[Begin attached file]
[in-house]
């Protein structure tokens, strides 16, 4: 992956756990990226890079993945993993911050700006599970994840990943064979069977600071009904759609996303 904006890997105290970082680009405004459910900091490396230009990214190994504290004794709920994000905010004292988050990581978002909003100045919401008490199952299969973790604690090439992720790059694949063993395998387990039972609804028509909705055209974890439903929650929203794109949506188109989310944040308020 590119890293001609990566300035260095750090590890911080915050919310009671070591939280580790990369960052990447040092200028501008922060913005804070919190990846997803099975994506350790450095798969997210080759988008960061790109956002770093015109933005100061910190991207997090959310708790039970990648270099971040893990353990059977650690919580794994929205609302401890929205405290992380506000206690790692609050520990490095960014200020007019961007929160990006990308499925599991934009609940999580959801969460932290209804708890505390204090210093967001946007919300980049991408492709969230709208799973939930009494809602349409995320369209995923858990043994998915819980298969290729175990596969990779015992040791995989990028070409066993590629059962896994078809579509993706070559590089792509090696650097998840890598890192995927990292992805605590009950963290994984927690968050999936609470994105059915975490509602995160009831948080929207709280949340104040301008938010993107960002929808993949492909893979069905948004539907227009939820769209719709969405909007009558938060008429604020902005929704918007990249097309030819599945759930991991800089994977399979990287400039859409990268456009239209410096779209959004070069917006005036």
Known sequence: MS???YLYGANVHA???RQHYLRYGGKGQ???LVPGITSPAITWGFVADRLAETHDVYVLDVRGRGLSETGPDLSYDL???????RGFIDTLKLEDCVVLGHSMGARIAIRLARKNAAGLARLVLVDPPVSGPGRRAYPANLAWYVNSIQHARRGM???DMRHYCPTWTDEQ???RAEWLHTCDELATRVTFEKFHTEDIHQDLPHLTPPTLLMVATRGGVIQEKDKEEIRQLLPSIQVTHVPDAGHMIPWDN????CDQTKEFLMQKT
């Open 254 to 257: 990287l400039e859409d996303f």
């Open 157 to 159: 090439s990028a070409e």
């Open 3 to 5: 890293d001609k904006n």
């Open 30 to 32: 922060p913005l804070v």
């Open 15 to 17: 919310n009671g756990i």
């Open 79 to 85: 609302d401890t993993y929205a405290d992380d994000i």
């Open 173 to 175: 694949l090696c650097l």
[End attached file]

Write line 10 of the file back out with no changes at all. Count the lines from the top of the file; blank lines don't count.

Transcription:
């Open 173 to 175: 694949l090696c650097l």